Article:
David B. Kaminsky,
M.D., FIAC, March 19, 2018
H. Gilbert Welch, M.D., MPH, Professor of Medicine, Dartmouth Institute for Health Policy & Clinical Practice, Geisel School of Medicine at Dartmouth
The pathologic diagnosis of “cancer” encompasses a wide variety of growth dynamics. Some cancers are rapidly progressive (the birds), some progress more slowly (the rabbits) and others grow so slowly that they would otherwise never bother people during their lifetime – or don't’ grow at all (the turtles).
This heterogeneity poses tremendous challenges for early detection efforts. The birds are the most aggressive cancers – the cancers that have already spread by the time they are detectable. Screening can’t help with the birds; the birds are already gone. The rabbits are growing more slowly, they are the cancers that may be helped by earlier detection and treatment. The turtles don’t need to be found, because these cancers aren’t going anywhere. Unfortunately, screening is really good at finding turtles.
This heterogeneity also makes screening very counterintuitive. You might think screening can only lower your risk of getting cancer, but it turns out that it can be the fastest way to get cancer. You might think that all the “cancer survivors” in the news (and, perhaps, in your neighborhood) – those individuals whose cancers were found early by screening and who are now doing well – provide powerful evidence that screening helps save lives. But it turns out that these survivors are often less likely to be evidence of screenings benefit – more likely to be evidence of its harms.
Cancer screening involves trade-offs. Screening offers the potential benefit of avoiding advanced cancer and subsequent cancer death for a few. But it also produces the harms of false alarms, overdiagnosis and unnecessary treatment for many others. Because different individuals value these benefits and harms differently, there is no single “right” answer. That’s why screening is a choice, not a public health imperative.
Continuing Medical Education and Maintenance of Certification:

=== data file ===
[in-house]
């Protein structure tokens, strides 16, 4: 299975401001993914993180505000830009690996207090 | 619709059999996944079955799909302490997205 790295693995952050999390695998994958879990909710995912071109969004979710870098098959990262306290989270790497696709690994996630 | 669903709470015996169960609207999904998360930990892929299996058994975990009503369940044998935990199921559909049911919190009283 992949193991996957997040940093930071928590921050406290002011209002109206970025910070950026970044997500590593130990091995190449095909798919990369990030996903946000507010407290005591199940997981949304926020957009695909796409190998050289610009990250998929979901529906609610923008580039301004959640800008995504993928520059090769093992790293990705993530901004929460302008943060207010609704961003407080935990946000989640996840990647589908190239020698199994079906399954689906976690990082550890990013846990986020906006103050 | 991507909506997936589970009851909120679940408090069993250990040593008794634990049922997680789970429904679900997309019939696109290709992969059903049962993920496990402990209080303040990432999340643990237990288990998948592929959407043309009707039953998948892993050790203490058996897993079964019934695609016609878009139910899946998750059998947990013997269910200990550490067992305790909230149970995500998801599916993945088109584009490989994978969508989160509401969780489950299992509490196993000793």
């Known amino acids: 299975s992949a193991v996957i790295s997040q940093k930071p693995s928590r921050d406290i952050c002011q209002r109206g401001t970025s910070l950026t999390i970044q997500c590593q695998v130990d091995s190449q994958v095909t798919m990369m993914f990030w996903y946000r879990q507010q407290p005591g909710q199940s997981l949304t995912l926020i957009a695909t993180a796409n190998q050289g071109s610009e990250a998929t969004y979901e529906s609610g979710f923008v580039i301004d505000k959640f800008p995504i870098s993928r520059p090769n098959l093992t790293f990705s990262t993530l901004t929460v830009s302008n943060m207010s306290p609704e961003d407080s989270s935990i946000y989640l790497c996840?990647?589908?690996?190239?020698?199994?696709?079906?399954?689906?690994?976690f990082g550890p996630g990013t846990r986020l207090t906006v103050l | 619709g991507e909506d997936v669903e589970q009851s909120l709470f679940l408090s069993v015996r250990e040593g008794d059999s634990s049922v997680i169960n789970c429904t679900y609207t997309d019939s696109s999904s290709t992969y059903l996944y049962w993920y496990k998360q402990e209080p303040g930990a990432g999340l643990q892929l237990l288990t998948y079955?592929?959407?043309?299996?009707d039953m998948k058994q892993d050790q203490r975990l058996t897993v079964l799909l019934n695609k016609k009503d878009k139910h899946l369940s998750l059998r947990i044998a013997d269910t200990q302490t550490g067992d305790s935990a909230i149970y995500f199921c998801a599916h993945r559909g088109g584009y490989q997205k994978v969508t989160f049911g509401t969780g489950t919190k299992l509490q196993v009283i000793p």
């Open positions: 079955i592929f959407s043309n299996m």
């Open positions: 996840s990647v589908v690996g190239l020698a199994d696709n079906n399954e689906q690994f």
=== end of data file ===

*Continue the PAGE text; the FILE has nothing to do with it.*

- Recognize the heterogeneity within the pathologic diagnosis of “cancer” and the resulting implications for the natural history of the disease
- Explain why early cancer detection efforts disproportionately detect more slowly progressive forms of the disease and can produce the problem of overdiagnosis
- Identify those cancers in which the efforts to detect the disease and the existence of a disease reservoir have combined to produce overdiagnosis (i.e., cancers of the breast, prostate, thyroid and kidney as well as melanoma)
- Anticipate the range of misleading feedback associated with screening: more cancer cases (perhaps even labeled as epidemic), more "favorable" stage distribution, higher 5 and/or 10-year survival rates, and more “survivors” who feel they owe their lives to the test
The United States and Canadian Academy of Pathology is accredited by the Accreditation Council for Continuing Medical Education (ACCME) to provide continuing medical education for physicians.
The United States and Canadian Academy of Pathology designates this enduring material for a maximum of 1
AMA PRA Category 1 CreditsTM
. Physicians should only commensurate with the extent of their participation in the activity.
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The following faculty reported no relevant financial relationships: H. Gilbert Welch, M.D., MPH
USCAP staff associated with the development of content for this activity reported no relevant financial relationships.